We, some of us at least, get so wrapped up in worrying about the “me” and “I” or other labels. Many within the Buddhist realm tell us there is no “self”, thus inducing the idea there is no label to be had, but we still do it. The fact of the matter is, regardless of what name we call it, we are judging it, putting it in a box or throwing it from the box.
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Rod, from The Worst Horse and Shambhala SunSpace, posted this the other day on Facebook. It got my mind buzzing again, as it does from time to time, about the relevancy of music to Dharma practice.
The Gītassara Sutta
Bhikkhus, there are five dangers of reciting the Dhamma with a musical intonation. What five?
Oneself gets attached to the sound others get attached to the sound, householders are annoyed, saying, “Just as we sing, these sons of the Sakyan sing”, the concentration of those who do not like the sound is destroyed, and later generations copy it.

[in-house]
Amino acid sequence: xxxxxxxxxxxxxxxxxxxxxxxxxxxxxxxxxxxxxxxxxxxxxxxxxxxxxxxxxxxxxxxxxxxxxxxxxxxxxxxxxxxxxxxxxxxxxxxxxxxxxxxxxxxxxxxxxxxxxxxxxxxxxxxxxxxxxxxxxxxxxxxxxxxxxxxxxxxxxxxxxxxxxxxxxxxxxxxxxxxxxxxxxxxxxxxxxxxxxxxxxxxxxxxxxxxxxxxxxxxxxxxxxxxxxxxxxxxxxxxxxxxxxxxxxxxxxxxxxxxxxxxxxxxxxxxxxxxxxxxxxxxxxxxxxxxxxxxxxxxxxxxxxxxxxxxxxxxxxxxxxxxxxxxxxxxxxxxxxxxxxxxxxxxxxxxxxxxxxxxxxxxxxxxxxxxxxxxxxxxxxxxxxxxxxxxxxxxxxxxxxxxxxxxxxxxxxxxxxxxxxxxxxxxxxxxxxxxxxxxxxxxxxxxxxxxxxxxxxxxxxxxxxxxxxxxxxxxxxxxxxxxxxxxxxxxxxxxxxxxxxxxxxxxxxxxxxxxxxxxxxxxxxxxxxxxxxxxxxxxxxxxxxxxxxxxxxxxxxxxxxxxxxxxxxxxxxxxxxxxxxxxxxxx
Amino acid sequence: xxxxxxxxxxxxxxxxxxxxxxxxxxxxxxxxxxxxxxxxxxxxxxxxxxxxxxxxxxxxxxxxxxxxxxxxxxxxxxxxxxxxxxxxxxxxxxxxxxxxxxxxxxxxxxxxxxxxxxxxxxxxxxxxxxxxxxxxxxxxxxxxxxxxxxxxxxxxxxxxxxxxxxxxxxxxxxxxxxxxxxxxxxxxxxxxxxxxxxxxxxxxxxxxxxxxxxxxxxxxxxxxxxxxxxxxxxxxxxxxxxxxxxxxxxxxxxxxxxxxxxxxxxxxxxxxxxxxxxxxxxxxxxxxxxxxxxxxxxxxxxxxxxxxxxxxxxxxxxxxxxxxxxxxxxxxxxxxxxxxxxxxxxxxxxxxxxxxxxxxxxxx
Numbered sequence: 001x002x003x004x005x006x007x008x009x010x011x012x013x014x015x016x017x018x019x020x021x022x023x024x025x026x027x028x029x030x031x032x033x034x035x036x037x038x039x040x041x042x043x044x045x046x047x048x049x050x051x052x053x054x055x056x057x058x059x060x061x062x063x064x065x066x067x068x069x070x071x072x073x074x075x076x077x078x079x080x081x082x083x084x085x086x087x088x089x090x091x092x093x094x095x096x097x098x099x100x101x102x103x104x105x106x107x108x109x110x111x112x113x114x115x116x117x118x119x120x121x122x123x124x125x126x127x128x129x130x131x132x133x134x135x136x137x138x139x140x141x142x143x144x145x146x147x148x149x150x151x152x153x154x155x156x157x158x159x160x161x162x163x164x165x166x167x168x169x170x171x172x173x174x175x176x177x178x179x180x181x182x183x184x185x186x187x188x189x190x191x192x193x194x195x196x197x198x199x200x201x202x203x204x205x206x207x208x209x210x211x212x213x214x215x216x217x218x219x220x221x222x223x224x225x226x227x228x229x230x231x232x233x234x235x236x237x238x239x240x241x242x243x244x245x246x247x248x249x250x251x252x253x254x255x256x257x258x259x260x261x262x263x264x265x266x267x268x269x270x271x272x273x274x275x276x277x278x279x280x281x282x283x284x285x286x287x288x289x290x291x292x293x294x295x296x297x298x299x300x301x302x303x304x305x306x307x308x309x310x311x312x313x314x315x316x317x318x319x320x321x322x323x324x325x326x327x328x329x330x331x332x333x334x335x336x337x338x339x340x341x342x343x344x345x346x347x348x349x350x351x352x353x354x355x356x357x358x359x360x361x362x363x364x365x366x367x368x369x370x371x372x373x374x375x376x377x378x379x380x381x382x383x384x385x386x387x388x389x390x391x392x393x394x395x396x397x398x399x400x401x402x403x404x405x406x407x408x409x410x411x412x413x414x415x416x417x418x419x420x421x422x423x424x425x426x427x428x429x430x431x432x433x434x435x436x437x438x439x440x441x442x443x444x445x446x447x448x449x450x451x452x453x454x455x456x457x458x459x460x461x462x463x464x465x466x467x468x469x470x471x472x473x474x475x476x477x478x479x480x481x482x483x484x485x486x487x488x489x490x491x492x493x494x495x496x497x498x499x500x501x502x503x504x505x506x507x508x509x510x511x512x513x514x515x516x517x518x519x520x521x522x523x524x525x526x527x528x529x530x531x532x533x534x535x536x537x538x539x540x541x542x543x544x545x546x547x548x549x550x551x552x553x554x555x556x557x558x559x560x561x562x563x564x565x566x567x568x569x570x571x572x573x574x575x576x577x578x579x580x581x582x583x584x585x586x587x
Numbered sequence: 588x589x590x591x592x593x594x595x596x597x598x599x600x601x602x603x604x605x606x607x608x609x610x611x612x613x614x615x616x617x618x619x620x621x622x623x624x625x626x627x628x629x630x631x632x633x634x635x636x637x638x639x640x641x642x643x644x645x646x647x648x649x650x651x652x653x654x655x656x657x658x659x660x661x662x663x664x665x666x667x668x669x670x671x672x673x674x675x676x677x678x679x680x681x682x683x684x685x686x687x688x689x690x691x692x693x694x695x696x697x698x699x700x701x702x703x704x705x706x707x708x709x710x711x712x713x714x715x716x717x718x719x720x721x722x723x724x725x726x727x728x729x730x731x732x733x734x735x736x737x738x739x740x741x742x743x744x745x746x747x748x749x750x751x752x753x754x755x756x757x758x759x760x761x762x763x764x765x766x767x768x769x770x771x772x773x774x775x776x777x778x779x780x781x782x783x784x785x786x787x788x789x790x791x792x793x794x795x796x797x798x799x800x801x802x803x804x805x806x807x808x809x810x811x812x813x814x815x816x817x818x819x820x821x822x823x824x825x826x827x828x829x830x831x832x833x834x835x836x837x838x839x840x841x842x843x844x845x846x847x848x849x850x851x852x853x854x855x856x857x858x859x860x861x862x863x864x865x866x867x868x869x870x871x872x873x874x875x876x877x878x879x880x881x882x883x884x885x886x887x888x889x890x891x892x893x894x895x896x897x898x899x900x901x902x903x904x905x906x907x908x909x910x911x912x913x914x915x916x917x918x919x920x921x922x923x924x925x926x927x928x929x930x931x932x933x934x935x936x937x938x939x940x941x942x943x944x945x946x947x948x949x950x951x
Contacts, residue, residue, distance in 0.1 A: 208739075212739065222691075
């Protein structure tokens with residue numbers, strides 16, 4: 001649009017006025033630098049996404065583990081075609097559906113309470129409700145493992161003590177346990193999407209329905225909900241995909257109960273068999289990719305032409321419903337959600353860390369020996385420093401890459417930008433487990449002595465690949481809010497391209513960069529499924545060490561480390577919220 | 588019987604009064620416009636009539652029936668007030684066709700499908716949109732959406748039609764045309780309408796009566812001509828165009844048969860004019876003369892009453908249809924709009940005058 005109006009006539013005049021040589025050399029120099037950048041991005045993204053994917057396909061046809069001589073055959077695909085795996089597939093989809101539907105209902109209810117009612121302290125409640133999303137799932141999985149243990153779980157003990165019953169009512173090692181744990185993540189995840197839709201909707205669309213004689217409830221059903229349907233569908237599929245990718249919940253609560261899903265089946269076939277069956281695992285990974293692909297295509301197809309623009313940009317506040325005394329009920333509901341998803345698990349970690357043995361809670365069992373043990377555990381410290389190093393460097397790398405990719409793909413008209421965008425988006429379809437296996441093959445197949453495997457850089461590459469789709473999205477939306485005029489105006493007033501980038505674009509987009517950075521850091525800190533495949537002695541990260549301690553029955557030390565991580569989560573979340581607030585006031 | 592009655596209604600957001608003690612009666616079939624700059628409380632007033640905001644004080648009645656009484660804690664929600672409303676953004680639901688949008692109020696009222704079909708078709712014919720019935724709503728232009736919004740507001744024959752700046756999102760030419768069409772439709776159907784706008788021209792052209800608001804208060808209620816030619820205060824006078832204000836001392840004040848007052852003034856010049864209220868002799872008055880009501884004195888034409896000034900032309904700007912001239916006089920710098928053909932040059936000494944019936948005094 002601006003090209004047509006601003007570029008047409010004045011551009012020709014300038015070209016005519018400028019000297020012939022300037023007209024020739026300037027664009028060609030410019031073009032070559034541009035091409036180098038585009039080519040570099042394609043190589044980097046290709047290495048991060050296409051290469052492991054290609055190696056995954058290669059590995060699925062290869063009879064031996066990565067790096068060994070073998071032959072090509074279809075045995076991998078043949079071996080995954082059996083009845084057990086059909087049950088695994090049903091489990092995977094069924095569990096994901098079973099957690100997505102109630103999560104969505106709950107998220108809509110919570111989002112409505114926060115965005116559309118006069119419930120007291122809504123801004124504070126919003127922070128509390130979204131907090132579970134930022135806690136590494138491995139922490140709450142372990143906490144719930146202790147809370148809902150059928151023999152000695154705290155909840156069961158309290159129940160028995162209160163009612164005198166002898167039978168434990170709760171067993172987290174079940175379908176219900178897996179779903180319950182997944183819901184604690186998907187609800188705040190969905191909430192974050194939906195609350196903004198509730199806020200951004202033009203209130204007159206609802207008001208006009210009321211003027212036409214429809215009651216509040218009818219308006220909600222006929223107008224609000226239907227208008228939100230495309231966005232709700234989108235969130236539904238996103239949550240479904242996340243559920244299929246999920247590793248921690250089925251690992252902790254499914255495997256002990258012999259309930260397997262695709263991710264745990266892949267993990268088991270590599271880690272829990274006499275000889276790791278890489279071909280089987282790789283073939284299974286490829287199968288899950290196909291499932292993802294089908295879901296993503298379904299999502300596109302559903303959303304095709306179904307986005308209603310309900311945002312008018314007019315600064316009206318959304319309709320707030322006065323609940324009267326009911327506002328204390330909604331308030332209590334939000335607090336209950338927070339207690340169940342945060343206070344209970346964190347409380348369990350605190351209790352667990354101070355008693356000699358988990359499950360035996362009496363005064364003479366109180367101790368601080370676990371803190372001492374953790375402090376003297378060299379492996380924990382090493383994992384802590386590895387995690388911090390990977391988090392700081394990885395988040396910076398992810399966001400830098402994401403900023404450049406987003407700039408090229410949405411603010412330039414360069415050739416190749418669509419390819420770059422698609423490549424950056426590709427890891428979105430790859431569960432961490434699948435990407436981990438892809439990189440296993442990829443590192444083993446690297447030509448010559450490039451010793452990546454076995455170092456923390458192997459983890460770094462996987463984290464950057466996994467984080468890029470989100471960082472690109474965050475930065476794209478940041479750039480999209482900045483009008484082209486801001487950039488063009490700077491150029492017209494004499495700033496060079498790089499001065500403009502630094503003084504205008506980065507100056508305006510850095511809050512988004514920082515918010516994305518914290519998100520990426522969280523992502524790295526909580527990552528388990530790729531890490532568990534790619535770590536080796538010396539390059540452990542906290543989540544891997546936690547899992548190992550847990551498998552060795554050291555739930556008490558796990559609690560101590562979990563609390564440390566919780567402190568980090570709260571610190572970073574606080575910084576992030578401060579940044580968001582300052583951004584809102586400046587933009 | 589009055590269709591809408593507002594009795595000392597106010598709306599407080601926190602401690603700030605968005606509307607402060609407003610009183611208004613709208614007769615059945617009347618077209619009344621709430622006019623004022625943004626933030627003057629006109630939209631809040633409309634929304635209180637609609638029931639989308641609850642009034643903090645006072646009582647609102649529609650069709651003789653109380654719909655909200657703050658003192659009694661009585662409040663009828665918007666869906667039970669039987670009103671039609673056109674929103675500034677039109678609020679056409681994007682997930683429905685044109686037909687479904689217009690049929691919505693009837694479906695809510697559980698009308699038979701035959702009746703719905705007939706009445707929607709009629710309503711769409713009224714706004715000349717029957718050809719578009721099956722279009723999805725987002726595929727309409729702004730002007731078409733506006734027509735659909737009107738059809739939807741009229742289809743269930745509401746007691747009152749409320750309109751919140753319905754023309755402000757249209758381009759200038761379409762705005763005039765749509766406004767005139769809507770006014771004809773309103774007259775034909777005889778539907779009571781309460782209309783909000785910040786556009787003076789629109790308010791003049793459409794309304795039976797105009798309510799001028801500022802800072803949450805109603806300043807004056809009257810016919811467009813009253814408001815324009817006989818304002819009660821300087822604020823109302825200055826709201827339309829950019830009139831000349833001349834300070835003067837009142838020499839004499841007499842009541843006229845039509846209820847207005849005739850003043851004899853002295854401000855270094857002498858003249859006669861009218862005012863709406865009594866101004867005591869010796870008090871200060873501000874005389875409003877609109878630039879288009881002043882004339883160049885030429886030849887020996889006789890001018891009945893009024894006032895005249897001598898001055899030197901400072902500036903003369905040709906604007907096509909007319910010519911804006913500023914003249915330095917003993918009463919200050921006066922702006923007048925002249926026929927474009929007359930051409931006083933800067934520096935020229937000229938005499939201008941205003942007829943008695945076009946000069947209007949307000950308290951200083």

These, monks, are the five dangers of reciting the Dhamma with a musical intonation.
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I just received an e-mail from Max who is the artist/ creator of a fantastic new Dharma based comic that can be found at Dakini Radio
The first issue is up for the world to read and I have to say I enjoyed it. His comic art is great, he is truly talented. I look forward to future issues and advise you all to check his stuff out at Dakini Radio
This is the first in a series of, you guessed it, 8 parts. Firstly, I am no expert on any of this, these are just my opinions, and I am hoping to hear yours as well, so feel free to comment.
Most Buddhists strive for liberation and to reach the ultimate goal of enlightenment, which means getting rid of all negative states of mind and to end the cycle of Samsara. The Eightfold Path was left for us from Buddha as a way to get there from here. It is obviously much more than that, but it’s a good start to accomplishing our goals of liberation from suffering.